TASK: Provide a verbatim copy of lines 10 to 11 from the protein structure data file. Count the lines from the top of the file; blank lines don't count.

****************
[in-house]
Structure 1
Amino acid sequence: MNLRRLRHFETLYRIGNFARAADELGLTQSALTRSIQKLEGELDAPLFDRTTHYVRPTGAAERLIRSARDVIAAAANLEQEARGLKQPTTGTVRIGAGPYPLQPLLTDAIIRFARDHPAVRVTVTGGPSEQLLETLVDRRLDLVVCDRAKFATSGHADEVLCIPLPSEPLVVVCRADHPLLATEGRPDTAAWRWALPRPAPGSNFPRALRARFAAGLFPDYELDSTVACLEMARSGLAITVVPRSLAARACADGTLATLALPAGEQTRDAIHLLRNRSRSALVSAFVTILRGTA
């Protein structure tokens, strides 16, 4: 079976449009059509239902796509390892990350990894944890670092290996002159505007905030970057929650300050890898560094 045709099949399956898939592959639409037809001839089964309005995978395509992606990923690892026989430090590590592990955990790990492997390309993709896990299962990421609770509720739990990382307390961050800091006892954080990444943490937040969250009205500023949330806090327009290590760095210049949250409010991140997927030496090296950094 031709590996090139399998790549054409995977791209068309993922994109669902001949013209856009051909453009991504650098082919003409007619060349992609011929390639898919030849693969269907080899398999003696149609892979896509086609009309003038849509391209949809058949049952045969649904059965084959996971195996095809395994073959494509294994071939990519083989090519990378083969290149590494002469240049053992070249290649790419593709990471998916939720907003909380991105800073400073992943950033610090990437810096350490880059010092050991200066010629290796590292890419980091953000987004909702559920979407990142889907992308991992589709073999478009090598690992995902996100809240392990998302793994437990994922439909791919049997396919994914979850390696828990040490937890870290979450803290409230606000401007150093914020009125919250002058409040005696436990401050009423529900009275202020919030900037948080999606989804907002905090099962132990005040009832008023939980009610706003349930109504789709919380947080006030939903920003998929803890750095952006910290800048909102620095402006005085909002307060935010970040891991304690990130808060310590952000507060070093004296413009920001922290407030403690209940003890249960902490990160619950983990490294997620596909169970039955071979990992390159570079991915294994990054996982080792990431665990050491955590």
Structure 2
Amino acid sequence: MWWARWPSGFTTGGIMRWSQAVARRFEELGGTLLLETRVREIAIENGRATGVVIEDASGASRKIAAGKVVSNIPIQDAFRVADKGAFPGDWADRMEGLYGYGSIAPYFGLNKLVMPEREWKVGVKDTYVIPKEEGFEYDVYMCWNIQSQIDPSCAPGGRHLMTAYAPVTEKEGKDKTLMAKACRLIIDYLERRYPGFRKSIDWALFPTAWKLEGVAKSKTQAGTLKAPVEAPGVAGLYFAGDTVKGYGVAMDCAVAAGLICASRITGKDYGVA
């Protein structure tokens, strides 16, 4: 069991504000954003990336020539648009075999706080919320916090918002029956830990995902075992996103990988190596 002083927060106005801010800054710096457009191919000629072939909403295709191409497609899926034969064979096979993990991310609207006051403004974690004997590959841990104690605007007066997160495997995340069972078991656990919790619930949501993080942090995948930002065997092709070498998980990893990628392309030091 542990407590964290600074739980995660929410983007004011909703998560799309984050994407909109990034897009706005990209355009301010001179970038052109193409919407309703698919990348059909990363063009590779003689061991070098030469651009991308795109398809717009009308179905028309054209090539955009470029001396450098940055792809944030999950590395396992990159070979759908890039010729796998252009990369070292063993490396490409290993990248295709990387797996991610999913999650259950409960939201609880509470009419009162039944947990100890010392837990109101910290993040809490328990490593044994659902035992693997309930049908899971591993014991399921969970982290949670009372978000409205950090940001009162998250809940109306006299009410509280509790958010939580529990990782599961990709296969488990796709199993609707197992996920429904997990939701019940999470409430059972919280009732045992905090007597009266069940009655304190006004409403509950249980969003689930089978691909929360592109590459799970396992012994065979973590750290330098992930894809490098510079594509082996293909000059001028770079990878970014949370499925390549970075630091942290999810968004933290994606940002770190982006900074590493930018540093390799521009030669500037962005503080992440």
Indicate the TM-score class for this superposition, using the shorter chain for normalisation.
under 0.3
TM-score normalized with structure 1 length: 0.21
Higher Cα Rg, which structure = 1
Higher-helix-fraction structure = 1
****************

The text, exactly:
TM-score normalized with structure 1 length: 0.21
Higher Cα Rg, which structure = 1